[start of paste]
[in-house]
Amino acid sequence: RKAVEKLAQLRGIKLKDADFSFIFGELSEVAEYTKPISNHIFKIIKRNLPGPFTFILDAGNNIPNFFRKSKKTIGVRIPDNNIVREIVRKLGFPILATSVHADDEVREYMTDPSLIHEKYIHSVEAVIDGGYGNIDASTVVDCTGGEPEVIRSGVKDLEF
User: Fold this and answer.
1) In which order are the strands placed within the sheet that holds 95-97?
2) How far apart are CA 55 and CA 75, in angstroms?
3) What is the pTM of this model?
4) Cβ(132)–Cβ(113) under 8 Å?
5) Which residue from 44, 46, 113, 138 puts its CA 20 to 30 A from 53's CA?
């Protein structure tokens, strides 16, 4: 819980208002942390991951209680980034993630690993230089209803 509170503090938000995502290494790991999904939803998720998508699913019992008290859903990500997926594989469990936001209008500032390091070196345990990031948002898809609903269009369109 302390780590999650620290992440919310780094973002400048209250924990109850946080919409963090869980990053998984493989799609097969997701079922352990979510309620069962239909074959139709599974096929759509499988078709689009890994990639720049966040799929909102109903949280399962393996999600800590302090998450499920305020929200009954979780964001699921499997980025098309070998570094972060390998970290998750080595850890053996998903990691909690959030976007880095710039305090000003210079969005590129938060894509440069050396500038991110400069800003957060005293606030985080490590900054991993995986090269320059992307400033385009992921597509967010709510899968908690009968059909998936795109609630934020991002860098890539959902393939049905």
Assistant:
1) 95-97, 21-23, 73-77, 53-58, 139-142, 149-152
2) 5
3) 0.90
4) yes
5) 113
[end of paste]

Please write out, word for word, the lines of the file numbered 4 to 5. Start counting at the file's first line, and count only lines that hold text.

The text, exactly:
1) In which order are the strands placed within the sheet that holds 95-97?
2) How far apart are CA 55 and CA 75, in angstroms?